Warsaw, 2.07.2020 r.
Four out of five of firms expect worse-than-planned financial results at the end of this year, according to a survey carried out by bilateral chambers of commerce in Poland. Nearly 90% have already reported a decrease in sales. A return to pre-pandemic levels will be possible at the earliest within the next six to 12 months, although some industries expect recession to last into 2021. In most cases, firms’ bankruptcy-prevention strategies are based on cost cutting (mainly those unrelated to their core business); laying off employees is seen as a mean of last resort.
The French-Polish Chamber of Commerce (CCIFP) together with other bilateral chambers in the International Group of Chambers of Commerce (IGCC) carried out a survey among Polish and foreign firms concerning the impact of Covid-19 on business activity in Poland. Fieldwork was conducted between 10 and 24 June. Results were compared with a similar study carried out by the CCIFP when the first restrictions were implemented. The data, gathered as businesses adapted to lockdown, highlights the biggest problems encountered by firms in the last three months, emphasising the concerns brought to light in the earlier survey.
“As shown in the June survey results, nearly 90% of the companies recorded a decrease in sales, with one in four of those surveyed declaring decreases of over 25%. This is due to the temporary shop closures and restrictions on consumer purchases, as well as the prevailing uncertainty in the market and the suspension of spending by companies, which in turn has resulted in a decrease in turnover in the B2B segment and across all business services,” says Monika Constant, executive director of the French-Polish Chamber of Commerce (CCIFP).
She adds: “Compared to the survey conducted in March, we can now clearly notice that a significant majority of companies can determine the level of those decreases, and can now start to take corrective action and implement changes in their business strategy for the coming months.”
The biggest problem that entrepreneurs faced over the past three months has been the cancellation of orders by customers (51% of responses). Concerns voiced by the majority of firms in the March survey, in which 50% of respondents predicted that orders will be cancelled, have proved true. Delayed payments from customers or delayed execution of orders ultimately affected fewer companies than predicted in the first survey (27% and 29% of responses in June, compared to 56% and 41% in March respectively). Production output, on the other hand, fell on a slightly larger scale than expected (28% of indications in June vs 21% in March).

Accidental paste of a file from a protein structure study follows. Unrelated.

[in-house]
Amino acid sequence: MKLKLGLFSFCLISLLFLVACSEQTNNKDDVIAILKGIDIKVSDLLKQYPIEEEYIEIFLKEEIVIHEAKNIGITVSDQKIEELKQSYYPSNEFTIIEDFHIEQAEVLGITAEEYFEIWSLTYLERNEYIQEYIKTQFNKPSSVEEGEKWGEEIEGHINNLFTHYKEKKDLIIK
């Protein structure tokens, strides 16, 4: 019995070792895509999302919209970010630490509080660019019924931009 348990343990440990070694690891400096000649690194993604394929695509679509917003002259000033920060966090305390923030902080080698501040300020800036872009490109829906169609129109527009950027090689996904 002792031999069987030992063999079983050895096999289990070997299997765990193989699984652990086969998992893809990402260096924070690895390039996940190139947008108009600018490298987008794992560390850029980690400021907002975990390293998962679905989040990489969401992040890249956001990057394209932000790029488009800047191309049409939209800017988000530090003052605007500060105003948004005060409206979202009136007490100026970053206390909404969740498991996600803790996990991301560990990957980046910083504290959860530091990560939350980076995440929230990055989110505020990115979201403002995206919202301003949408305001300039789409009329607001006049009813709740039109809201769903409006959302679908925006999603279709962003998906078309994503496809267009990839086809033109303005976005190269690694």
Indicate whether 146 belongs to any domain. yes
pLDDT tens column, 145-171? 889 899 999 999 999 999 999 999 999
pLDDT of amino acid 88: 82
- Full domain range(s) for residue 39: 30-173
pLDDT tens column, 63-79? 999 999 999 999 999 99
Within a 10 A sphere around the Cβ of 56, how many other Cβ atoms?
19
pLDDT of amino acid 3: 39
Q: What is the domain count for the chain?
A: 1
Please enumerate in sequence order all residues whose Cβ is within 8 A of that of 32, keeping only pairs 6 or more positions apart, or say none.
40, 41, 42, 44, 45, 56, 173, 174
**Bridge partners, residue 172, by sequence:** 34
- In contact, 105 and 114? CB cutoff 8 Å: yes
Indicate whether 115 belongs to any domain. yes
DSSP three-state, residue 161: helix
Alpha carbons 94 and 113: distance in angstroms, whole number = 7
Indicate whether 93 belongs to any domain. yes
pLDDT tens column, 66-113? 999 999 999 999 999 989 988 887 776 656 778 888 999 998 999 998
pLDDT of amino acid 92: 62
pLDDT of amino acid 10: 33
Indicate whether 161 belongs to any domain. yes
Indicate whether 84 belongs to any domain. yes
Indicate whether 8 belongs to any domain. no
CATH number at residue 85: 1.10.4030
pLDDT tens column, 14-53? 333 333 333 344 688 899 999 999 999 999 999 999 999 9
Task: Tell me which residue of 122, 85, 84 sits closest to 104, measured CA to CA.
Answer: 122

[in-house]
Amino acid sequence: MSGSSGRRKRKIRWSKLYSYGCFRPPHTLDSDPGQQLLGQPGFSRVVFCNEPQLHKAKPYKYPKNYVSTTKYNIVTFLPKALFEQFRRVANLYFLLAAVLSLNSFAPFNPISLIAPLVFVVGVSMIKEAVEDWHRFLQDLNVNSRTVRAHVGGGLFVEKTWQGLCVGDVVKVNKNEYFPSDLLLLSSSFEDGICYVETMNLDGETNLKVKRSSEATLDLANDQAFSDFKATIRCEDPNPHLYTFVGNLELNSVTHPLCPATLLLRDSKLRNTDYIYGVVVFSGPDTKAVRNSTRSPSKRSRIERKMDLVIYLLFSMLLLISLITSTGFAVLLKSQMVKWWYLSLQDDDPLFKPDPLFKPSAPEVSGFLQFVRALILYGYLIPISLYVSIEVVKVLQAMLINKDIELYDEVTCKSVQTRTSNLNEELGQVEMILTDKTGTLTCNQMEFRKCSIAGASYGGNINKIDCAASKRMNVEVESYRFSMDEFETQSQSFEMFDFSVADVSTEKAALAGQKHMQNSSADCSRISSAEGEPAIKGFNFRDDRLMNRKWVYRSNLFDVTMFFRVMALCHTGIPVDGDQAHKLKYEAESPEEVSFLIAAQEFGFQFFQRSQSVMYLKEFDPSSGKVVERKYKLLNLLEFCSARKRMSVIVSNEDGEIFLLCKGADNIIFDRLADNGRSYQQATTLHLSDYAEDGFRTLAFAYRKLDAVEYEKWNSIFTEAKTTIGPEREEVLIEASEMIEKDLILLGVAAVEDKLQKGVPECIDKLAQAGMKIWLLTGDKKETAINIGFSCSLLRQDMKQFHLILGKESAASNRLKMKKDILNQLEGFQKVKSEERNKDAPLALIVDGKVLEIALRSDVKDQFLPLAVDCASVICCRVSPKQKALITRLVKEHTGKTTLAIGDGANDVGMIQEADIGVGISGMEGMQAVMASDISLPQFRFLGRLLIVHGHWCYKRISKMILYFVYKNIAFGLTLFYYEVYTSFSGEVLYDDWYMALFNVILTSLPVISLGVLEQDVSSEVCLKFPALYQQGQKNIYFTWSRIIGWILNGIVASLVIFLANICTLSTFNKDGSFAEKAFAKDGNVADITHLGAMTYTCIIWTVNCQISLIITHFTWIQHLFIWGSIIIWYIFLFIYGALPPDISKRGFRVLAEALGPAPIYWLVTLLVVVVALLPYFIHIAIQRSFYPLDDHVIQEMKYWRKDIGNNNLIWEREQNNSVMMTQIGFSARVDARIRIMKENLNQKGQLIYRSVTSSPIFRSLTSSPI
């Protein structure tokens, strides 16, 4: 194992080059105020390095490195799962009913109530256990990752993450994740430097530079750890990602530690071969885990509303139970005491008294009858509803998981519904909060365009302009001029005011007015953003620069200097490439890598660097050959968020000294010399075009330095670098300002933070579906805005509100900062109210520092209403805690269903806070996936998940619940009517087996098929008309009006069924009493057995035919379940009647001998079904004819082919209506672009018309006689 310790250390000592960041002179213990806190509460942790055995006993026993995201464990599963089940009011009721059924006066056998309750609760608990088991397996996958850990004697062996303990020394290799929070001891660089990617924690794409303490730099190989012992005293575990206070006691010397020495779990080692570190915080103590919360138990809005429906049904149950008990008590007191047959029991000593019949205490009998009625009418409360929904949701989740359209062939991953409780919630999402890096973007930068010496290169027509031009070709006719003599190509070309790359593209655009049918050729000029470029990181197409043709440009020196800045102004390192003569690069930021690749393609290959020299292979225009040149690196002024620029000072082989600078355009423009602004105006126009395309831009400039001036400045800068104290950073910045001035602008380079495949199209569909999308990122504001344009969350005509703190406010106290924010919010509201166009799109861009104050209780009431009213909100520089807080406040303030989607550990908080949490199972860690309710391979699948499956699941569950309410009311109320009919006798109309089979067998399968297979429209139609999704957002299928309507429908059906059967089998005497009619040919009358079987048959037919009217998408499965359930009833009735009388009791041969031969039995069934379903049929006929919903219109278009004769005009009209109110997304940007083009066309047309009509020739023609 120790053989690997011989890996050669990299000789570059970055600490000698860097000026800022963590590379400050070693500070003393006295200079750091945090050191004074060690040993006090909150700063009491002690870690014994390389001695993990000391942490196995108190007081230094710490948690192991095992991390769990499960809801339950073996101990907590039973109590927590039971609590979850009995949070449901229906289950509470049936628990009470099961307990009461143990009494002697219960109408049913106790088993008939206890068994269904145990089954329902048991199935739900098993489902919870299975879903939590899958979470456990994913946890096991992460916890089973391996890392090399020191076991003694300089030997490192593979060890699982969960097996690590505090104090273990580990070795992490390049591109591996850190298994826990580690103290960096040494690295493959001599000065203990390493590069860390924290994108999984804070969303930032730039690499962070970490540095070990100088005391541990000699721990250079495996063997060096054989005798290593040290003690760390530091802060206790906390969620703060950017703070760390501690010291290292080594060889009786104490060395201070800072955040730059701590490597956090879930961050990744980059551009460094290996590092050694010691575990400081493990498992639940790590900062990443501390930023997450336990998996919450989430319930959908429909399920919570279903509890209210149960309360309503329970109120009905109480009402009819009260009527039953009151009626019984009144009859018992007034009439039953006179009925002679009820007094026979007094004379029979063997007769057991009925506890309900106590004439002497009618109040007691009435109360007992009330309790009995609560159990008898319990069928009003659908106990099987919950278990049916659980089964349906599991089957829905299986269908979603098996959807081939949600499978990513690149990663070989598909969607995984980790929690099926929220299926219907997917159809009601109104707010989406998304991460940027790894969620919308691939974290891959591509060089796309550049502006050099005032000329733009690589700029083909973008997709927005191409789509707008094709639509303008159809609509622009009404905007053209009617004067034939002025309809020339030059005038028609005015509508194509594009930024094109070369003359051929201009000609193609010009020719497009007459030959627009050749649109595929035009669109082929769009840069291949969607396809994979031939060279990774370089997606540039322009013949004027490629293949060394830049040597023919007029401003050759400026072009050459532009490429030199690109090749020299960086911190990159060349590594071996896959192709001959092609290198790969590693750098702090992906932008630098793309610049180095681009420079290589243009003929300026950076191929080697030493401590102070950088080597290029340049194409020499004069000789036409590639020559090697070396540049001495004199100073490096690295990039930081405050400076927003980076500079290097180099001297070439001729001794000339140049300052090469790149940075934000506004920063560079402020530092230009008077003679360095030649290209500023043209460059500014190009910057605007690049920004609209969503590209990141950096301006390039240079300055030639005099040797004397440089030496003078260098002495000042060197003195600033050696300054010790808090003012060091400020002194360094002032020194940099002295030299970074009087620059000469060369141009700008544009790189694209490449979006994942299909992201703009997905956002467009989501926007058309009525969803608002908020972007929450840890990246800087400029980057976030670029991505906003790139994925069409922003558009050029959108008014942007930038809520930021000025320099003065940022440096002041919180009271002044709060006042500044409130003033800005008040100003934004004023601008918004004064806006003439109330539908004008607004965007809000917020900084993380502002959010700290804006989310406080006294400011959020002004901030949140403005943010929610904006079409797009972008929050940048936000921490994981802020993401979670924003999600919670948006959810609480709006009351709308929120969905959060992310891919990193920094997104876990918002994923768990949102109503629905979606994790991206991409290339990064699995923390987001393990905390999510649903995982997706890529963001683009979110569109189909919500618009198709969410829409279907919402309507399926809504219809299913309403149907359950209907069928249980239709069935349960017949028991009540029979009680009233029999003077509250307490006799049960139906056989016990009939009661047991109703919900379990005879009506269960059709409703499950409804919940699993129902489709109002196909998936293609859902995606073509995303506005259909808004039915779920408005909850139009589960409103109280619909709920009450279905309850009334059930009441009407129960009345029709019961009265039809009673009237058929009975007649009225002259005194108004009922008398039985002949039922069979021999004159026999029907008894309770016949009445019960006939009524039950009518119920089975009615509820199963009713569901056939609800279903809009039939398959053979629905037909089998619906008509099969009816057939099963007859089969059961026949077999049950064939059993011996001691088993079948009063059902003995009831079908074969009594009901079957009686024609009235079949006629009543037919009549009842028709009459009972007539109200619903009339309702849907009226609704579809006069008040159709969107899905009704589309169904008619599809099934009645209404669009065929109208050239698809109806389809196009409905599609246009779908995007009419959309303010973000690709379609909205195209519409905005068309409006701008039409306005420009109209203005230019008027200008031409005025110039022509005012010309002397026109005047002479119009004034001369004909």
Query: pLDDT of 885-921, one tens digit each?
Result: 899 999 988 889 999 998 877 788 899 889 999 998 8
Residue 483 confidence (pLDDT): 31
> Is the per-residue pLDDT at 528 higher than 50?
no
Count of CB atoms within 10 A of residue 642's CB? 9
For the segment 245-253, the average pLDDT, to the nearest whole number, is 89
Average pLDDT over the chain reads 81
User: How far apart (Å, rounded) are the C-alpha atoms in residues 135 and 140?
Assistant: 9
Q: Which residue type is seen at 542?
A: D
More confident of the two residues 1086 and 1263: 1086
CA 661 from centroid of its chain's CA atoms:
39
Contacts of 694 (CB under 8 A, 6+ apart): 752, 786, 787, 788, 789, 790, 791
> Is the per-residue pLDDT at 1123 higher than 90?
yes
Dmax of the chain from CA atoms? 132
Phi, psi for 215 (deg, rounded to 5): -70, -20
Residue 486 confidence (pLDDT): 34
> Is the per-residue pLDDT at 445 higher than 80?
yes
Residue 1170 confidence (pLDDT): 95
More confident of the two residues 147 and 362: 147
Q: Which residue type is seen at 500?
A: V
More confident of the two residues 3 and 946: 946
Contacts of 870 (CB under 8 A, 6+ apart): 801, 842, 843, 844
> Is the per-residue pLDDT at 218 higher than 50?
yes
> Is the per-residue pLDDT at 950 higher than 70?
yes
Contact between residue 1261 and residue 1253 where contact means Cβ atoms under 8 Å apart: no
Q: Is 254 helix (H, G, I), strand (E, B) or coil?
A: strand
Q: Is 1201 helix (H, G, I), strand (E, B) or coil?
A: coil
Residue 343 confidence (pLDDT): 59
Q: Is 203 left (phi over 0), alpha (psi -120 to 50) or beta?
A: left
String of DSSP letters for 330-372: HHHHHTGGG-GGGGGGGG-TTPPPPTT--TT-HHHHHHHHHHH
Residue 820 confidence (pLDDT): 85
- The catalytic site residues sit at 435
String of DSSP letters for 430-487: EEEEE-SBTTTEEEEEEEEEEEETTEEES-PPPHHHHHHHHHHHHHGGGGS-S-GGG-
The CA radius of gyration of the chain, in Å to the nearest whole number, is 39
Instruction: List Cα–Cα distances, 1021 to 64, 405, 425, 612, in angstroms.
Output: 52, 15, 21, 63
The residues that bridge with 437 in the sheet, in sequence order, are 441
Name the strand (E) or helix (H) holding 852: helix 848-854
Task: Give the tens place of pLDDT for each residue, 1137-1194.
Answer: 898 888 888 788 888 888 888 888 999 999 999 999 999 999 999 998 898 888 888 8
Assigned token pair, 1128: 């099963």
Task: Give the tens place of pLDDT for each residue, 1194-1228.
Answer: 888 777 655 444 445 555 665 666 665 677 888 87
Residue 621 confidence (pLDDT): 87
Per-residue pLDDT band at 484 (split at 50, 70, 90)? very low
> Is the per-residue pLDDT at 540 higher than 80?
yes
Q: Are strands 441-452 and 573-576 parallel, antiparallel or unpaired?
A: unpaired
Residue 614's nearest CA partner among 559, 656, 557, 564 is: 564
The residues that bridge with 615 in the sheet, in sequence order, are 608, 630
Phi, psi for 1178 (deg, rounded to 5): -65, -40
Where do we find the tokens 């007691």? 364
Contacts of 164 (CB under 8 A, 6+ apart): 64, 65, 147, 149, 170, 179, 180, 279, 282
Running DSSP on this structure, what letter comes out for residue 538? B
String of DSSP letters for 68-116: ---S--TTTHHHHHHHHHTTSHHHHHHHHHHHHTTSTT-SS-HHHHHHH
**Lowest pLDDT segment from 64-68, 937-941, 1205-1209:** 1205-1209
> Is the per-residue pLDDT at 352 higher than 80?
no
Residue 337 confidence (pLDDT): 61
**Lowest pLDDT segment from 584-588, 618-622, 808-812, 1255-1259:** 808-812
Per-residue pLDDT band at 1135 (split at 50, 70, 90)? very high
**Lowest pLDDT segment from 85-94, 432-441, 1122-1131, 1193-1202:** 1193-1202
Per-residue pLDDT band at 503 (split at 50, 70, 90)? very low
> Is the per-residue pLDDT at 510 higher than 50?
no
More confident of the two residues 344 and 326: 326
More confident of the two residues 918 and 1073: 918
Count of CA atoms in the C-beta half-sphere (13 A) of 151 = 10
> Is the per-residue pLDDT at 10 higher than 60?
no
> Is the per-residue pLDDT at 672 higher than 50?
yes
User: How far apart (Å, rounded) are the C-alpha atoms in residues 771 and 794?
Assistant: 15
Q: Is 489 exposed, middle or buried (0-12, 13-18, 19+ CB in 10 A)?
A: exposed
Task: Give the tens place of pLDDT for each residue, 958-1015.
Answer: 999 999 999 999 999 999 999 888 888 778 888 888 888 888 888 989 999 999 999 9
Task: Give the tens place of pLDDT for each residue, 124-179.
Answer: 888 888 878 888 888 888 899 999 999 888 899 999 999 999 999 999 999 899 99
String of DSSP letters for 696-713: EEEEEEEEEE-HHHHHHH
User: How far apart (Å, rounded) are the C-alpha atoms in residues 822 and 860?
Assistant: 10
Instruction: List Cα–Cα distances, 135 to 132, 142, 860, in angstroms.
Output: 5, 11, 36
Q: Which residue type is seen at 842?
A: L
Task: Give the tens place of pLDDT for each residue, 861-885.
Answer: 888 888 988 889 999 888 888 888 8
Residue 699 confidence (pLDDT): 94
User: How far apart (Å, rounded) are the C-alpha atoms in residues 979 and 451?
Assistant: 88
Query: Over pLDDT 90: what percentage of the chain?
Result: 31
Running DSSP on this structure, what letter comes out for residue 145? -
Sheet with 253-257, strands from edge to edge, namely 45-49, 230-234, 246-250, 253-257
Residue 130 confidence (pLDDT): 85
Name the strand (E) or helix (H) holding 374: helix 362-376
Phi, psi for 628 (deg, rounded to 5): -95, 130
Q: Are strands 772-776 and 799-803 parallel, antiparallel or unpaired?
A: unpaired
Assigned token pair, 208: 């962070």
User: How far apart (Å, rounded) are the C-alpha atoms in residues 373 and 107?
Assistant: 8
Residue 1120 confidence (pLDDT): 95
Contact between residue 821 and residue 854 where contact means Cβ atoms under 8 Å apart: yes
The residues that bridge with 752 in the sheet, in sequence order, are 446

As 38% of respondents pointed out, travel restrictions and closed borders represented a major obstacle for businesses, especially for companies operating across multiple markets. This has led to the necessity of remote management of companies, and created problems with document flow, such as the signing of physical documents or contracts.
The situation was better than expected in the logistics sector. Nearly half of the respondents did not report experiencing a significant negative impact of Covid-19, a result nearly 10% better than in early March. Only one in three companies reported problems with the delivery of products from Polish and/or foreign suppliers. Issues with the transport of goods inside the country or associated shortages in inventories occurred in only 10% of companies.
As a consequence of the drop in sales, companies have taken measures to reduce expenses and operating costs to maintain liquidity. 52% of companies have already reduced expenses unrelated to their core business, in areas such as marketing, advertising or training, and nearly 40% will continue to do so in the coming months. The scale of these cuts is significant, as in nearly two-thirds of the cases they amounted to more than 50% of the original budgets for these activities. Other measures taken by companies are: recruitment freeze (45% of responses); salary-increase freeze (37%) and
bonus freeze (28%). Salaries were reduced in 29% of companies (usually by between 5-20%); however, only 17% of them plan to keep those reductions in the following months.
Companies are trying to protect existing jobs at all costs and, despite the decline in turnover, with redundancies seen as a last resort. So far, 15% of companies have declared laying off between 2-10% of their employees. In more than half of the companies, the epidemic has affected their ongoing or planned investments; most have been suspended or postponed until next year. This concerns all areas of investment, from corporate expansion – the establishment of new branches or production plants – to the purchase of new equipment, or staff development and training. Only those investments already well advanced seem to have a chance of being completed.